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Boozman Rebuffs Wal-Mart

Sen. John Boozman crossed hometown retail-industry behemoth Wal-Mart in voting to maintain bank swipe fees last week, but even Democrats predicted that the Arkansas Republican probably won’t suffer any political blowback.

Boozman and Sen. Mark Pryor split their votes, with the Arkansas Democrat deciding at the last minute to support the retailers’ ultimately successful opposition to a measure that would have delayed a reduction in the fees banks charge stores for processing debit card transactions.

Yet, it was Boozman’s vote that came as a surprise, given Wal-Mart’s clout in Arkansas and the Senator’s particularly close relationship with the company that is headquartered in the House district that he represented for a decade.

Boozman sidestepped questions about whether his vote would lead to political repercussions at home or permanently strain his intensely personal relationship with Wal-Mart and the Walton family — suggesting in a brief interview that the situation was more sensitive than he acknowledged.

Still, a K Street lobbyist, an Arkansas political insider and Pryor all seemed to agree that Boozman was likely to emerge unscathed, in part because the retailers won without Boozman’s vote.

“I live where Wal-Mart No. 1 is,” Boozman said, in reference to the first store opened by Sam Walton in 1962. “I know the company very, very well. I think that generally, because they’re very careful about the battles that they fight, I’ve been very supportive of their issues. But I’m elected to represent everyone and to do what I think is right. And, in this case, I think that the [Federal Reserve] has gone too far — [Federal Reserve Chairman Ben] Bernanke has alluded to this. We’ll lose some community banks over this.”

The battle over swipe fees essentially pitted the banking industry against the retailers, with proponents of the banks focusing on how the issue might affect small, community banks and retail industry supporters highlighting the fees’ effect on family-owned, mom-and-pop gas stations and convenience stores. The fight created alliances and opponents unusual for a major Senate squabble and did not break along party lines.

The Senate voted 54-45 to delay the regulations on reduced swipe fees. But the measure, sponsored by Sen. Jon Tester (D-Mont.), failed to reach the 60 votes it needed to prevail.

A K Street lobbyist familiar with the swipe-fee issue said Wal-Mart was absolutely disappointed in Boozman’s vote. The Senator confirmed that the retailing giant had communicated its dissatisfaction to him.

In fact, Wal-Mart sent a notice to employees regarding the outcome of the vote and how Boozman and Pryor voted.

This lobbyist said Boozman could find that campaign contributions from the retail industry dry up — at least for a while. But this individual, noting that Boozman doesn’t have to begin seriously raising money for his 2016 re-election for two years, said the relationship could be repaired before the rift creates negative consequences. Boozman had made it known that he was leaning toward supporting the banks.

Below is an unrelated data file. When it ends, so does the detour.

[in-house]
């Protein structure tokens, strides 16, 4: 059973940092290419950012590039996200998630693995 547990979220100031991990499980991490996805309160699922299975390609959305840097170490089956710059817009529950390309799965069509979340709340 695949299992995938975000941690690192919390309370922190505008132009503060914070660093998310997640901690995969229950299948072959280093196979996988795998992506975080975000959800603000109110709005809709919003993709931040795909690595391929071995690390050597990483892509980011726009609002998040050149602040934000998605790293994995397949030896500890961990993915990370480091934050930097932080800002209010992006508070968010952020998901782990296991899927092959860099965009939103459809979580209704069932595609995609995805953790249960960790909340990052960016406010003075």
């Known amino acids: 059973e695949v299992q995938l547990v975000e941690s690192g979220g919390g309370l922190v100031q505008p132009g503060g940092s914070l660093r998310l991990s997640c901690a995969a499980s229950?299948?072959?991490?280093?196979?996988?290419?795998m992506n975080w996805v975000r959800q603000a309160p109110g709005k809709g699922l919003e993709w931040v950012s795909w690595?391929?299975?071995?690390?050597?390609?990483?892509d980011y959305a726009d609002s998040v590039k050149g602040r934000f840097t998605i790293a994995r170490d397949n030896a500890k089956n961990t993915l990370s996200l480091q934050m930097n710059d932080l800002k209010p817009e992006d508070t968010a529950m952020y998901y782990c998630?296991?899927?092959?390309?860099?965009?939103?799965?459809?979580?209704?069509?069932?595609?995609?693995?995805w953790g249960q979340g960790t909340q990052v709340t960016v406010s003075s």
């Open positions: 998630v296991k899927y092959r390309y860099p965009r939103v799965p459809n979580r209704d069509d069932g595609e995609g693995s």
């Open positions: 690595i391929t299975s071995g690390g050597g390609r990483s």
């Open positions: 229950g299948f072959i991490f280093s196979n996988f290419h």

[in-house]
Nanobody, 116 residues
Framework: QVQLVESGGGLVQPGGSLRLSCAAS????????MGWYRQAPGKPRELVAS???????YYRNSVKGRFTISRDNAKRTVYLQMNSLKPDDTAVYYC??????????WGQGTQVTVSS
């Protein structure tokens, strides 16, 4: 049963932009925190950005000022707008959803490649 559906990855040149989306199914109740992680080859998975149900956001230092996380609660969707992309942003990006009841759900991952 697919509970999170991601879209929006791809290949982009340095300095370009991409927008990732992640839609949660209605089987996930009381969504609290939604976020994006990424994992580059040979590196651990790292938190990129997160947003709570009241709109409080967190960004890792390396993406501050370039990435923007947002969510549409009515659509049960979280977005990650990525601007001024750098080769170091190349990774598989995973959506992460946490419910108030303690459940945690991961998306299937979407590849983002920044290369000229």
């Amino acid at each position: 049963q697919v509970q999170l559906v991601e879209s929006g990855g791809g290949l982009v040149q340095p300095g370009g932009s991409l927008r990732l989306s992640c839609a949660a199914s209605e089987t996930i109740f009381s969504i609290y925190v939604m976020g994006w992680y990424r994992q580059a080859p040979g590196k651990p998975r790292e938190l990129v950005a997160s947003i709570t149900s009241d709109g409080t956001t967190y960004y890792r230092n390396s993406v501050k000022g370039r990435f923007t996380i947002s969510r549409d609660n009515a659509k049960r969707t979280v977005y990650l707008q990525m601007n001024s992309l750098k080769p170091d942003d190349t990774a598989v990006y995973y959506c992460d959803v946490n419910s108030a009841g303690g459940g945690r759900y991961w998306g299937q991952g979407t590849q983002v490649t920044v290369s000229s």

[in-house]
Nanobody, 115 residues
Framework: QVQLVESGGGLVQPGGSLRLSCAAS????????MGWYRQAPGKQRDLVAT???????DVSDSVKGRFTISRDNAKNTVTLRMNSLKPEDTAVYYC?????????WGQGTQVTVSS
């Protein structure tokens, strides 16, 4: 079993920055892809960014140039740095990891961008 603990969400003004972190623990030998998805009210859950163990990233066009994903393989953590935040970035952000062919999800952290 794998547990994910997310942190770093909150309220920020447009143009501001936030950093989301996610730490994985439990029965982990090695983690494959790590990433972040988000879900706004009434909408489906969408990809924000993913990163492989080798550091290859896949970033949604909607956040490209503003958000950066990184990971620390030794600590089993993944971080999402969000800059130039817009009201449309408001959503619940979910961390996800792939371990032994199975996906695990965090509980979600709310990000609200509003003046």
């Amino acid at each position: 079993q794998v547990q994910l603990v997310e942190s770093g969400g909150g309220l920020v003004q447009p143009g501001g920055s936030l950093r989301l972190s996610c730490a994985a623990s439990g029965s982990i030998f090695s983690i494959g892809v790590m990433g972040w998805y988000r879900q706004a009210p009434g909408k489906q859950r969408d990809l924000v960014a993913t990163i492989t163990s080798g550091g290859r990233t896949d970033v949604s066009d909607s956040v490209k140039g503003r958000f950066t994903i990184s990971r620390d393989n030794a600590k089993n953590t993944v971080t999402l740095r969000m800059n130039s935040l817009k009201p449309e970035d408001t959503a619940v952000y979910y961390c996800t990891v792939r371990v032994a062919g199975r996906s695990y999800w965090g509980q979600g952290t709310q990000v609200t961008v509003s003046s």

“His vote wasn’t a total shock,” the lobbyist said. “I think it will affect what the industry does for him. But at the end of the day, he’s not up for five years, and he’s not going to have to raise a lot of money in the near term.”

A political insider based in Arkansas predicted even fewer problems than that for Boozman, who ousted Sen. Blanche Lincoln (D) last year. This individual said the swipe-fee issue garnered no public attention in Arkansas and is not on the radar of rank-and-file voters.

“I don’t think most people understand this,” the insider said. “I don’t see any adverse repercussions.”

Like Boozman, Pryor said the vote was difficult because of Arkansas’ large number of community banks. But Pryor said he was ultimately swayed by appeals from small retailers who have long complained that the swipe fees they pay are onerous and unfair.

Pryor said he might have voted with Boozman had the legislation been considered during last year’s debate over the financial regulatory reform package — or if Tester had waited a few weeks to see the new federal rule governing swipe fees that is due out this month.

Pryor, explaining that he heard very little from Wal-Mart directly during the runup to last week’s vote, said he doubted Boozman would suffer politically for opposing the nation’s largest private employer.

“I have a good relationship with them, and I guess I’ve never seen Wal-Mart really try to go after someone to punish them, or anything like that,” Pryor said during a brief interview. “This was a very close call, and [Boozman] and I split on this one. I feel like that’s why our Founding Fathers gave us two Senators per state, because a lot of these are judgment calls, and they are difficult sometimes.”

He added, “If I feel like the Fed doesn’t get it right or if I feel like it really is going to do harm in a serious way to our smaller banks and credit unions, then I reserve the right to revisit this at some point.”

Wal-Mart boasts 200 million customers per week at more than 9,000 stores in 15 countries.